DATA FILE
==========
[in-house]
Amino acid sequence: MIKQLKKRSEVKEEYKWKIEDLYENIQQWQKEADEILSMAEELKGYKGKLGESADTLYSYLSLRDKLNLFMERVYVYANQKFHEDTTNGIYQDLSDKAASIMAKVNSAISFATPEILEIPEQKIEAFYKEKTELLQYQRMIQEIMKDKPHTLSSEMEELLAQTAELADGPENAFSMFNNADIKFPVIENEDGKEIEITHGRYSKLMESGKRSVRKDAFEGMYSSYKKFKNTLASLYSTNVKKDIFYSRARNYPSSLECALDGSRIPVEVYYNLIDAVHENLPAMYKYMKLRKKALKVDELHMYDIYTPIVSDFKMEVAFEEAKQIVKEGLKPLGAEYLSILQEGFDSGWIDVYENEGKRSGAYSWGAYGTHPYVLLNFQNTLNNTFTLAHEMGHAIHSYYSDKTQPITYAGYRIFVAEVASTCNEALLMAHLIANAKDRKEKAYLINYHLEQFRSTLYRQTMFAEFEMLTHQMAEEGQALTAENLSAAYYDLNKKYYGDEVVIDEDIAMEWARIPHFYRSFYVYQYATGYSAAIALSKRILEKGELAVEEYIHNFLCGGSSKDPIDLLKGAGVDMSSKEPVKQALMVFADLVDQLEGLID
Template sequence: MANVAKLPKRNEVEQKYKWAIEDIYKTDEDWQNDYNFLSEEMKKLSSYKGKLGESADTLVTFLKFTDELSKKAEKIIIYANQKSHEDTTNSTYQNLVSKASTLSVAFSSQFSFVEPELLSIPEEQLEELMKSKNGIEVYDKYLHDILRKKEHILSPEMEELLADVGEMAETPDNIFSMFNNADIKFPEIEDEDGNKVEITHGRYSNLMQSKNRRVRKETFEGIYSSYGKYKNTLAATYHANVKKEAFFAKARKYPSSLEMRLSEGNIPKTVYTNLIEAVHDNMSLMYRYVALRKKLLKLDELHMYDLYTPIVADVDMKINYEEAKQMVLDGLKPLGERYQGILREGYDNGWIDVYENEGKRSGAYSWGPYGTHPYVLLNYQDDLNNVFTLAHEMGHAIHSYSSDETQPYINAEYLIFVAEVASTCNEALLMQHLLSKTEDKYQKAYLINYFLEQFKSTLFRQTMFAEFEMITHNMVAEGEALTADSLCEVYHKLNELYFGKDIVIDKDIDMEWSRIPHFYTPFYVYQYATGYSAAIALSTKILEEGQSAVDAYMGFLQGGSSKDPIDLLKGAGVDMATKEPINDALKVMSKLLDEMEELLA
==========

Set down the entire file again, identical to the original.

[in-house]
Amino acid sequence: MIKQLKKRSEVKEEYKWKIEDLYENIQQWQKEADEILSMAEELKGYKGKLGESADTLYSYLSLRDKLNLFMERVYVYANQKFHEDTTNGIYQDLSDKAASIMAKVNSAISFATPEILEIPEQKIEAFYKEKTELLQYQRMIQEIMKDKPHTLSSEMEELLAQTAELADGPENAFSMFNNADIKFPVIENEDGKEIEITHGRYSKLMESGKRSVRKDAFEGMYSSYKKFKNTLASLYSTNVKKDIFYSRARNYPSSLECALDGSRIPVEVYYNLIDAVHENLPAMYKYMKLRKKALKVDELHMYDIYTPIVSDFKMEVAFEEAKQIVKEGLKPLGAEYLSILQEGFDSGWIDVYENEGKRSGAYSWGAYGTHPYVLLNFQNTLNNTFTLAHEMGHAIHSYYSDKTQPITYAGYRIFVAEVASTCNEALLMAHLIANAKDRKEKAYLINYHLEQFRSTLYRQTMFAEFEMLTHQMAEEGQALTAENLSAAYYDLNKKYYGDEVVIDEDIAMEWARIPHFYRSFYVYQYATGYSAAIALSKRILEKGELAVEEYIHNFLCGGSSKDPIDLLKGAGVDMSSKEPVKQALMVFADLVDQLEGLID
Template sequence: MANVAKLPKRNEVEQKYKWAIEDIYKTDEDWQNDYNFLSEEMKKLSSYKGKLGESADTLVTFLKFTDELSKKAEKIIIYANQKSHEDTTNSTYQNLVSKASTLSVAFSSQFSFVEPELLSIPEEQLEELMKSKNGIEVYDKYLHDILRKKEHILSPEMEELLADVGEMAETPDNIFSMFNNADIKFPEIEDEDGNKVEITHGRYSNLMQSKNRRVRKETFEGIYSSYGKYKNTLAATYHANVKKEAFFAKARKYPSSLEMRLSEGNIPKTVYTNLIEAVHDNMSLMYRYVALRKKLLKLDELHMYDLYTPIVADVDMKINYEEAKQMVLDGLKPLGERYQGILREGYDNGWIDVYENEGKRSGAYSWGPYGTHPYVLLNYQDDLNNVFTLAHEMGHAIHSYSSDETQPYINAEYLIFVAEVASTCNEALLMQHLLSKTEDKYQKAYLINYFLEQFKSTLFRQTMFAEFEMITHNMVAEGEALTADSLCEVYHKLNELYFGKDIVIDKDIDMEWSRIPHFYTPFYVYQYATGYSAAIALSTKILEEGQSAVDAYMGFLQGGSSKDPIDLLKGAGVDMATKEPINDALKVMSKLLDEMEELLA